6.  As Herculano, his Wife, and I were sitting downe at the Table,very neere unto us wee heard one sneeze, whereof at the first wee madeno reckoning, untill wee heard it againe the second time, yeal athird, fourth, and fifth, and many more after, whereat wee were nota little amazed. Now Wife I must tell you, before wee entred the roomewhere we were to sup, Herculanoes Wife kept the doore fast shutagainst us, and would not let us enter in an indifferent while;which made him then somewhat offended, but now much more, when hee hadheard one to sneeze so often. Demaunded of her a reason for it, andwho it was that thus sneezed in his House: hee started from the Table,and stepping to a little doore neere the staires head, necessarilymade, to set such things in, as otherwise would be troublesome tothe roome, (as in all Houses we commonly see the like) he perceived,that the party was hidden there, which wee had heard so often tosneeze before.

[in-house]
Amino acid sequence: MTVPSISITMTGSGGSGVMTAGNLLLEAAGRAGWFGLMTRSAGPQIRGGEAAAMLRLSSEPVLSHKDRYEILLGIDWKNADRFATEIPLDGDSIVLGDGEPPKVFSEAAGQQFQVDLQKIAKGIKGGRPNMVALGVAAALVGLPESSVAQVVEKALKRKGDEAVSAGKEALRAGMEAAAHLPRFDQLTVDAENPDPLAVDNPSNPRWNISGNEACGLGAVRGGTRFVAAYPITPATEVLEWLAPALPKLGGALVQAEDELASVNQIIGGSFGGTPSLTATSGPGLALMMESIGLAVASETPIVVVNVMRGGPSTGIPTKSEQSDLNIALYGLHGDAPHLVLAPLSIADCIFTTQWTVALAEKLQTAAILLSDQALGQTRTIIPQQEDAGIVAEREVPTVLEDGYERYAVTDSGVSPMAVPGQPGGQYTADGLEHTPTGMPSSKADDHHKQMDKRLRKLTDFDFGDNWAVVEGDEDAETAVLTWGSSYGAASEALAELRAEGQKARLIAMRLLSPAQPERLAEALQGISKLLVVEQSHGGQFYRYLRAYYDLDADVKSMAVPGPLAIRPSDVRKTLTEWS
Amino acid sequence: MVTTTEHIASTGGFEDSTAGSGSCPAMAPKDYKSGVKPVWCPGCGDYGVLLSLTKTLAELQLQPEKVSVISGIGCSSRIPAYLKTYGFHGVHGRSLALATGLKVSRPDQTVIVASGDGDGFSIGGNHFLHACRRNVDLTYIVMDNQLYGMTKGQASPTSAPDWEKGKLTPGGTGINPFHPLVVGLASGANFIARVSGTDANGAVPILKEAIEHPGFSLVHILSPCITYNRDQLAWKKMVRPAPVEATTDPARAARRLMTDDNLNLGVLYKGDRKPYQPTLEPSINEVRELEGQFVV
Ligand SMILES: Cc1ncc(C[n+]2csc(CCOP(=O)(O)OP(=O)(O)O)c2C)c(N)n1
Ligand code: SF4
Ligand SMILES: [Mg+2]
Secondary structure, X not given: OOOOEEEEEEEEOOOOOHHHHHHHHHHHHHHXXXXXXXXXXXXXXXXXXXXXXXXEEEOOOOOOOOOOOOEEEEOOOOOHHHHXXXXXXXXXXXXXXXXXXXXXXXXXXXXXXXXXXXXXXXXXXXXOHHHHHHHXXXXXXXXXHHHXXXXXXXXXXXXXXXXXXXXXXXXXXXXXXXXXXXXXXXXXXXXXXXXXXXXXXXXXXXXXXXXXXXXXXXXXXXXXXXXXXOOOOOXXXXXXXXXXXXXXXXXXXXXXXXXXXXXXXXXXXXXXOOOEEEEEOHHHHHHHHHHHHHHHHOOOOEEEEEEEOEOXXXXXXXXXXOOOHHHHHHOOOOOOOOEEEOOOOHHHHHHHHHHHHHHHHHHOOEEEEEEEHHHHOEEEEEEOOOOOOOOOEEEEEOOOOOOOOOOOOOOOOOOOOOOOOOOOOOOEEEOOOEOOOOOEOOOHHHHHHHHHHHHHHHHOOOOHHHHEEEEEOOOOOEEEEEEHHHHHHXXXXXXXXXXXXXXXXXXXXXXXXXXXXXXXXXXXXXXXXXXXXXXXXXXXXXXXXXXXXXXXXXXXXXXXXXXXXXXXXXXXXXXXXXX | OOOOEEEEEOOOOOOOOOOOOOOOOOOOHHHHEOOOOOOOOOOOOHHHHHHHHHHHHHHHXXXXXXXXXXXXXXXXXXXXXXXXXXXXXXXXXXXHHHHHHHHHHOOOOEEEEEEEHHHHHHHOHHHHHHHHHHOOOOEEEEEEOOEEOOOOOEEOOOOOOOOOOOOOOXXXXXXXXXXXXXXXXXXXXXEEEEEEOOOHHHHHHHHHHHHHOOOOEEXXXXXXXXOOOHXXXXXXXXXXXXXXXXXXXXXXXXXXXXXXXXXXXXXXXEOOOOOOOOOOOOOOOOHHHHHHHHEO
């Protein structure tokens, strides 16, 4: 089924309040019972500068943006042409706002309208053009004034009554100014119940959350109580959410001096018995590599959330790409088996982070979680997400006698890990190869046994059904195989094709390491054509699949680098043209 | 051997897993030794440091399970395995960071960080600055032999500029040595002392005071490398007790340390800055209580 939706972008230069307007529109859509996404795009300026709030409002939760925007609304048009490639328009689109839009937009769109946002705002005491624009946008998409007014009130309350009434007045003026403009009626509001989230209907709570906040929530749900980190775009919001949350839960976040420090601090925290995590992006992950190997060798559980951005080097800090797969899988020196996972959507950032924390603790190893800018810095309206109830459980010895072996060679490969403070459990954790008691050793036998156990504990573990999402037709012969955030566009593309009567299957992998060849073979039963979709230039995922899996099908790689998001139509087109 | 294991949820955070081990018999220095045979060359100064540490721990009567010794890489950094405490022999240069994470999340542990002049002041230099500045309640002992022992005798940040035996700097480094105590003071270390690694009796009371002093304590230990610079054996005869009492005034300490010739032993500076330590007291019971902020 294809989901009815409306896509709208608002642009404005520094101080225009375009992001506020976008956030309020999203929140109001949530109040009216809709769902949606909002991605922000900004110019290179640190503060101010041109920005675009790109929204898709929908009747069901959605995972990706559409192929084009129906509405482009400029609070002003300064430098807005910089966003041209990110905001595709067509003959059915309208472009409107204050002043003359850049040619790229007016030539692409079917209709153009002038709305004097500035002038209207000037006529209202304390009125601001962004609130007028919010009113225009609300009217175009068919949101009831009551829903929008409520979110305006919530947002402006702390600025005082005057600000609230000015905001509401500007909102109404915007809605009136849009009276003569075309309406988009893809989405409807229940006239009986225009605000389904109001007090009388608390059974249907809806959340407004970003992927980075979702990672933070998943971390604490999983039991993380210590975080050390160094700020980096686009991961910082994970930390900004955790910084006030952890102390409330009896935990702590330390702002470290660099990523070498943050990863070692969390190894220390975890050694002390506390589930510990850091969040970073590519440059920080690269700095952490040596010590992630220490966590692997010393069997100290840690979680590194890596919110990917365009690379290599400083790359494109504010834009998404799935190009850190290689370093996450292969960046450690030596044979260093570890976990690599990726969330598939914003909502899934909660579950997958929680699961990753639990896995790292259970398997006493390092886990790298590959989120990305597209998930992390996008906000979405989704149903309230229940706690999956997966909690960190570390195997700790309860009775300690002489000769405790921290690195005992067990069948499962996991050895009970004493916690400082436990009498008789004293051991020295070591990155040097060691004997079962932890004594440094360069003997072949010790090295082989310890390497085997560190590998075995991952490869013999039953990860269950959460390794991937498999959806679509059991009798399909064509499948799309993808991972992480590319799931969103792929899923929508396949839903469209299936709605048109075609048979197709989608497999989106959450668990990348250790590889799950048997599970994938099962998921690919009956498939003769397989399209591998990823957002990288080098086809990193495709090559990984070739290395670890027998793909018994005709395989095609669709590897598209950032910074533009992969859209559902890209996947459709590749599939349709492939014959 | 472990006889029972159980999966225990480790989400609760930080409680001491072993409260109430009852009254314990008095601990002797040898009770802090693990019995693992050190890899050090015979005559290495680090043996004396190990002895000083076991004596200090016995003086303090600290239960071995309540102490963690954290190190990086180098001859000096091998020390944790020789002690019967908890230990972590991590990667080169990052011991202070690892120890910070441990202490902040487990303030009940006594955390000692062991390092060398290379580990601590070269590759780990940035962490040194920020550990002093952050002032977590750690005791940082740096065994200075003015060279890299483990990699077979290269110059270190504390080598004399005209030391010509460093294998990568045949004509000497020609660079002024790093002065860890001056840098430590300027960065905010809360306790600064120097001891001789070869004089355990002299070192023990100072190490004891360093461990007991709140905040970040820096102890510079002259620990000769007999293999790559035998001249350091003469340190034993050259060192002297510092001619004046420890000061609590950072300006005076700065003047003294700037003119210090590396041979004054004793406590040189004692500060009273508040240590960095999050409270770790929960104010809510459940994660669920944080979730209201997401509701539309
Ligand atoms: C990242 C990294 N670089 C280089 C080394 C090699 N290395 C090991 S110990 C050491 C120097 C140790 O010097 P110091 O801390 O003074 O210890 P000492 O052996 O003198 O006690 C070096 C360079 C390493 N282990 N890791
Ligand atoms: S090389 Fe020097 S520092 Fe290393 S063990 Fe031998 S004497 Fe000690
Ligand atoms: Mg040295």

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1.  Well perceived the Scholler, by the weaknesse of her voyce, andscorching of her body by the Suns parching beames, that shee wasbrought now to great extremity: which sight, as also her humbleintercession, began to touch him with some compassion, nevertheles,thus he replied. Wicked woman, my hands shal be no means of thy death,but make use of thine owne, if thou be so desirous to have it: andas much water shalt thou get of me to asswage thy thirst, as thougavest me fire to comfort my freezing, when thou wast in the luxuriousheat of thy immodest desires, and I wel-neere frozen to death withextremity of cold. Pray that the Evening may raine downe Rosewateron thee, because that in the River of Arno is not good enough forthee: for as little pitty doe I take on thee now, as thou didst extendcompassion to me then.